Over the weekend the Texas Longhorns held their first camp of the summer, with over 35 recruits and future prospects in attendance. Several of them made major impressions on the coaching staff, including one that has to play a single down of high school football.
Top 2014 recruits like Jerrod Heard, Lorenzo Joe and Derick Roberson were all impressive in showing why Texas went after them from the get-go. That was to be expected.
What was not expected were the prospects that were in need of and delivered memorable days for Mack Brown and his staff. Though only one recruit received an offer, there were plenty of commits, hopefuls and targets that left lasting impressions.
Here are the 10 most impressive prospects that attended Sunday's camp and how their performance will affect their potential futures as Longhorns.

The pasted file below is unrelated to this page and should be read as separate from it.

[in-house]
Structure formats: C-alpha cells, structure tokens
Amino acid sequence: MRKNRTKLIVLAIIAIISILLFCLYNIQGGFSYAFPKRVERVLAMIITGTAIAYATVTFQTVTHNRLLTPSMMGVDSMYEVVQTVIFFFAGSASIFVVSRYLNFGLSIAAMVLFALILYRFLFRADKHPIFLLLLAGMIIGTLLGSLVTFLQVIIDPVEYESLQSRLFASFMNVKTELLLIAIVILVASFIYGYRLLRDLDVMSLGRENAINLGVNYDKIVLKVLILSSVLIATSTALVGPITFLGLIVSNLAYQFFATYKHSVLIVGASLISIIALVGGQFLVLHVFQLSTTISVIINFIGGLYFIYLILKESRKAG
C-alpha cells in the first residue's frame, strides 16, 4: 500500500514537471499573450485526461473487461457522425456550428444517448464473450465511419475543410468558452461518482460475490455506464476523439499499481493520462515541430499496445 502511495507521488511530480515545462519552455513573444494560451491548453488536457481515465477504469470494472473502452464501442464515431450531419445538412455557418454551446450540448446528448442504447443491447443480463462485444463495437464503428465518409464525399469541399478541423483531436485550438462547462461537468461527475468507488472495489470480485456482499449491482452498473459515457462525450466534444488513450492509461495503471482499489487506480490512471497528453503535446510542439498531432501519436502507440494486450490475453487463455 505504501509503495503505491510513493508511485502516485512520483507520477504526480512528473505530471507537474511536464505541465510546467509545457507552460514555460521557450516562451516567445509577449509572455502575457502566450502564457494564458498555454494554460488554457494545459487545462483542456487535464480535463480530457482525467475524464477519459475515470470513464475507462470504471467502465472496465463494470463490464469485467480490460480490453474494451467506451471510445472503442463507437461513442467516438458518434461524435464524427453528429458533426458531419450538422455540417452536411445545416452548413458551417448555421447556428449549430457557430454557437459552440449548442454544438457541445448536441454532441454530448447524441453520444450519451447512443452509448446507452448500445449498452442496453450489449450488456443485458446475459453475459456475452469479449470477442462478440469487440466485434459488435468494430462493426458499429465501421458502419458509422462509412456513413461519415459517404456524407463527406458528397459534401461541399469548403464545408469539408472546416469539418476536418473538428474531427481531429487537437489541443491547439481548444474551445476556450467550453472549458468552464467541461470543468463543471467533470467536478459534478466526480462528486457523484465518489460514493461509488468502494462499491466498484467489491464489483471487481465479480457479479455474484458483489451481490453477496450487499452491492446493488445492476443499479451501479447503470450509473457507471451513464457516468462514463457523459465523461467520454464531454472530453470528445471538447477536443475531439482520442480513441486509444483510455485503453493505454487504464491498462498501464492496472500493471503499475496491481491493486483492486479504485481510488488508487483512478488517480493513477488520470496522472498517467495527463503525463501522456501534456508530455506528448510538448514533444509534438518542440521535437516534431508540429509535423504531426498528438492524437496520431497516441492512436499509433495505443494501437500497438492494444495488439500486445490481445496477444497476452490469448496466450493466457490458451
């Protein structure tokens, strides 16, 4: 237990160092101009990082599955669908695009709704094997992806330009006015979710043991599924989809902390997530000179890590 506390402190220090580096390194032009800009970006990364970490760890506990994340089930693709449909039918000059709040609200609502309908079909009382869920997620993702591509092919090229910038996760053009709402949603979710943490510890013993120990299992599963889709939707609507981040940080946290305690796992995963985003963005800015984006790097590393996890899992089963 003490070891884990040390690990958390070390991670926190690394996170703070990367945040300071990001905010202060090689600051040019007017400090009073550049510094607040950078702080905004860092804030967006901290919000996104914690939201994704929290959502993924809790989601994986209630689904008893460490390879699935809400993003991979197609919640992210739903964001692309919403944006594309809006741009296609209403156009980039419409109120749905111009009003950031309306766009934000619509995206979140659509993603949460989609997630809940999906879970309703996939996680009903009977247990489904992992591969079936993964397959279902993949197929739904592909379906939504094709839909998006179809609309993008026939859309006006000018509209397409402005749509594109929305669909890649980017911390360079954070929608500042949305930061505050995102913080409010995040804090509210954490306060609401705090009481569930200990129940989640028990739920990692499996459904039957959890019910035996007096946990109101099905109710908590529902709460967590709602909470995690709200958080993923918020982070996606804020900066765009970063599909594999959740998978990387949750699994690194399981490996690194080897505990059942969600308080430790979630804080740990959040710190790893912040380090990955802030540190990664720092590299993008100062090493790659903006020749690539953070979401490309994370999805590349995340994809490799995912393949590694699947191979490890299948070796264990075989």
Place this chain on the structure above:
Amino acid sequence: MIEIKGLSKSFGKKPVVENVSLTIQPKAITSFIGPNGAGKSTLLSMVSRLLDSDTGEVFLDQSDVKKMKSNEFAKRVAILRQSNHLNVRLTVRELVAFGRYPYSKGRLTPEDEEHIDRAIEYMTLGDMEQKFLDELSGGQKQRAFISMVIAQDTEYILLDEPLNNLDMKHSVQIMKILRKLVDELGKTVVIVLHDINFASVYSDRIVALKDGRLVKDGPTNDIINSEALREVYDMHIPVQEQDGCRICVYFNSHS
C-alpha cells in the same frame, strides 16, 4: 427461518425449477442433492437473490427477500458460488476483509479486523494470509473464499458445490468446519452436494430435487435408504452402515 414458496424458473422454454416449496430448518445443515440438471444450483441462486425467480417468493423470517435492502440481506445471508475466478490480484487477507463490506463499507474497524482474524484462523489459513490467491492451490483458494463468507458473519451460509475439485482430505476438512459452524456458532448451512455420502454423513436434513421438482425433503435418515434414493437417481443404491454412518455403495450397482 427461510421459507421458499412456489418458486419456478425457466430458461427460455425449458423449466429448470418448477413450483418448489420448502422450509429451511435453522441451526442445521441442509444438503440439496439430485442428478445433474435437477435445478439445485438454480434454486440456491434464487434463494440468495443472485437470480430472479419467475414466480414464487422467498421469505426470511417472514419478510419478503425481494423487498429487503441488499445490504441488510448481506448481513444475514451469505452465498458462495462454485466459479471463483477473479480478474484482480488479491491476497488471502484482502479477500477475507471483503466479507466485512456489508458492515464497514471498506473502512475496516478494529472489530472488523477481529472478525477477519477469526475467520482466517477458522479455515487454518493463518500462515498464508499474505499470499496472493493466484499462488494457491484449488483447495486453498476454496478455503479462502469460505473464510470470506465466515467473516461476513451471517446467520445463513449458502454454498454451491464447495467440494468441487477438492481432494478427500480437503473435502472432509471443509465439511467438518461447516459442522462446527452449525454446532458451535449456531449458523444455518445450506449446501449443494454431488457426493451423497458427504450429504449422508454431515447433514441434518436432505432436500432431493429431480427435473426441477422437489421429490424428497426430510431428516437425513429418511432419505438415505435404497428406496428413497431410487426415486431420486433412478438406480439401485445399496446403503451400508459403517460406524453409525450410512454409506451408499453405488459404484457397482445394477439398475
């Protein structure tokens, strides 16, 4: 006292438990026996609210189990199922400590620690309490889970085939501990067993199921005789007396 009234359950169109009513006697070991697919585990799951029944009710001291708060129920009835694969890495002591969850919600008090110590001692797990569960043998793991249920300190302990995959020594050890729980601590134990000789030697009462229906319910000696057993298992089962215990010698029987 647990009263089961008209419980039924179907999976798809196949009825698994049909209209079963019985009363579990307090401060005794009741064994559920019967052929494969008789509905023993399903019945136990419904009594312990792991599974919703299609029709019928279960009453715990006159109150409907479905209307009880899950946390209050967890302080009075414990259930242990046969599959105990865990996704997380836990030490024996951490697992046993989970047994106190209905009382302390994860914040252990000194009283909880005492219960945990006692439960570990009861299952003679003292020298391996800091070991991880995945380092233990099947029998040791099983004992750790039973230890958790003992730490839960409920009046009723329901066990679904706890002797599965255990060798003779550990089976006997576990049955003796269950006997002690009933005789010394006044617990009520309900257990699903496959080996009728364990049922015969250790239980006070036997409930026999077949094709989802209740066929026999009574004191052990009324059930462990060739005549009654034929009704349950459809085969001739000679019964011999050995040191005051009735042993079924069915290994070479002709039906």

Unheralded receiver Roderick Bernard was the most impressive 2014 prospect of the weekend, showing off some surprising receiving skills and his impressive athleticism.
At 5'10" and 175 pounds, Bernard certainly lacks ideal size for a wideout. What he does have is top-end speed, lightning quick feet and a physique that would make a Greek god jealous.
But we already knew all that. The question marks were surrounding his hands, which he partly alleviated by hauling in a nice deep ball from Kyle Kearns and snatching a ball that was behind him with one hand.
Bernard is a relative unknown on the recruiting trail, but expect a surge in the coming months. Especially if he can actually run a sub-4.3 as he claims, though the 4.45 he ran at camp is nothing to scoff at.
Edwin Freeman, a coveted 2014 safety, is another 2014 prospect that caught the coaches' eyes on Sunday. The Longhorns' interest in keeping him as a safety may lead to them winning a major state-wide battle for the ESPN 150 prospect.
Freeman is another top target in a class that is loaded at the safety position. He is big, covers well, has good instincts and will bring the wood.
There were some questions, due to his larger frame, as to whether Freeman had the speed to play safety, but his 4.6 40 time will ease those concerns. In fact, that time should keep the 'Horns recruiting him to play that spot, which is where he prefers to play, and give them the edge over TCU and Texas A&M.